OmniTRAX apologizes to Churchill residents for gas pricing mistake

OmniTRAX Rail says it made an "error" when it bumped gasoline prices up 30 per cent overnight in Churchill.

Price at the pump spiked by 30 per cent before 'error' discovered

The cost of living in Churchill has climbed while the battle continues over who will repair flood-damaged rail line. (CBC News)

OmniTRAX Rail says it made an "error" when it bumped gasoline prices up 30 per cent overnight in Churchill.

Residents woke up Thursday morning to a massive spike in the cost of fuelling their vehicles. The price at the pump had risen more than 60 cents a litre to $2.33.

The company rescinded the increase, which it blamed on a mistake in a variation between the cost of more expensive fuel arriving by ship this week and cheaper fuel shipped to the community by rail earlier in the year.

"The notification of the new price, which was determined based upon the current methodology of pricing new fuel received into inventory, was released automatically. This was an error, and we apologize for any confusion and frustration it may have caused the people of Churchill. The price increase has been reversed," an OmniTRAX spokesperson wrote in an email.

The company has pledged to rebate individual customers that paid the artificially high fuel price.

Until the 200,000-litre fuel inventory shipped by rail is used up, the company will continue to charge the historical price for gas. OmniTRAX says it "will be in conversation with EMO about how to mitigate future increases."

The fuel price hike mistake comes after the rail line to the community was closed following a severe flood that damaged the track in late-May. Food prices in the community have climbed dramatically despite federal and provincial subsidy programs that were extended to include the northern town.

The pricing error also happened in a week when OmniTRAX said the damaged rail tracks could potentially be repaired by winter, but said it wouldn't pay for the work, which it estimated at between $20 and $60 million.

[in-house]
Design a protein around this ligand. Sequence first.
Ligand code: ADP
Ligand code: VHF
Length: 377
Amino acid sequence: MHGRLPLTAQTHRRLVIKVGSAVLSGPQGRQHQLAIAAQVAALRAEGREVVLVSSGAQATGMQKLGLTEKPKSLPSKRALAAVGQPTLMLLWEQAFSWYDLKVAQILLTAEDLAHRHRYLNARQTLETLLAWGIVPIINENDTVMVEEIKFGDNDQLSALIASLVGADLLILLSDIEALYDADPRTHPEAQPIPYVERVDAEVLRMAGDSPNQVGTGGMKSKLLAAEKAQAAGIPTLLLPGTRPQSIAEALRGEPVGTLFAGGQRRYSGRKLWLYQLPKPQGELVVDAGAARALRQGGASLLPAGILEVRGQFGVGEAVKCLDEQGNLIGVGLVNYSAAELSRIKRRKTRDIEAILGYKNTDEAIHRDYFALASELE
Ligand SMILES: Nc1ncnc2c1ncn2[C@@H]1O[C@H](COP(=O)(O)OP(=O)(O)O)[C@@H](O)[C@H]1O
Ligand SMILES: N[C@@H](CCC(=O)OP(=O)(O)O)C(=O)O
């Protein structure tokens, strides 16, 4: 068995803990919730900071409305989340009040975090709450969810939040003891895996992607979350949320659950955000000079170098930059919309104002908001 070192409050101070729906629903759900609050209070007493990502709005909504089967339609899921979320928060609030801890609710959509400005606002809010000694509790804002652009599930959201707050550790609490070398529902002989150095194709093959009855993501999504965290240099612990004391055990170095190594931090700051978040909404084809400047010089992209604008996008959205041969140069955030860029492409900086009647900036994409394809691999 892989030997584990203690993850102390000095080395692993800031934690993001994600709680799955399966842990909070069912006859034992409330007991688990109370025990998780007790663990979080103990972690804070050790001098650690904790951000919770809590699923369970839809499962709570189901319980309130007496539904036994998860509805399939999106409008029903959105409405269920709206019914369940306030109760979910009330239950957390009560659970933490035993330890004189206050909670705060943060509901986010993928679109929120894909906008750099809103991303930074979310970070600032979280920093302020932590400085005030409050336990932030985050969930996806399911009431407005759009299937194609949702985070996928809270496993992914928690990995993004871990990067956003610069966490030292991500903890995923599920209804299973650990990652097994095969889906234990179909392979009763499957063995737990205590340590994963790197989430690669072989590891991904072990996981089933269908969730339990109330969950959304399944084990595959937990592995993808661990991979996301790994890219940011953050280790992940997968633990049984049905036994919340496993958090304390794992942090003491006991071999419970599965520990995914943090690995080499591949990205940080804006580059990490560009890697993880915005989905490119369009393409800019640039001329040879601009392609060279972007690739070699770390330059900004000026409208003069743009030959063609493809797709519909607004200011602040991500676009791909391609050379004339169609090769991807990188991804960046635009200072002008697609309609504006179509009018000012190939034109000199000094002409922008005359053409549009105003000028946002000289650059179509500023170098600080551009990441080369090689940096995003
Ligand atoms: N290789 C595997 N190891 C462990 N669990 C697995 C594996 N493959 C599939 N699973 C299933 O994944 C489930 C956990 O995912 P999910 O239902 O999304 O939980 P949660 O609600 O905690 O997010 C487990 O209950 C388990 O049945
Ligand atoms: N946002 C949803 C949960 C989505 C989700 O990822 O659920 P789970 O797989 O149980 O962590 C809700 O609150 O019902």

Premier Brian Pallister told reporters Wednesday it was up to the federal government to take leadership on the port and rail situation.

Churchill Mayor Mike Spence was in Winnipeg for Omnitrax's technical briefing this week, but was unable to get a meeting with a representative of the Progressive Conservative government, despite repeated requests.

The pricing blunder also comes as Manitoba Senator Pat Bovey is on a fact-finding mission to the Hudson Bay community. She says Churchill is becoming increasing isolated because of delays in repairing the rail line and rising prices.

"You think about the cost of food. $13 for four litres of milk. I mean the costs are huge!" Bovey told CBC News by phone from Churchill.

Bovey says she supports repairing the tracks, but says she needs to gather more information before advocating how the work is done and by whom.

"I don't know what the other options are. We know it's three to fives times the cost to fly things up. We know the boats [cargo ships] are coming up from Montreal. That's hardly a direct route," Bovey said.

The recently appointed independent senator says there are huge changes on the cusp for the north, including climate change, natural resources and tourism opportunities.

"Somehow the gateway to the north is somehow being isolated," Bovey said.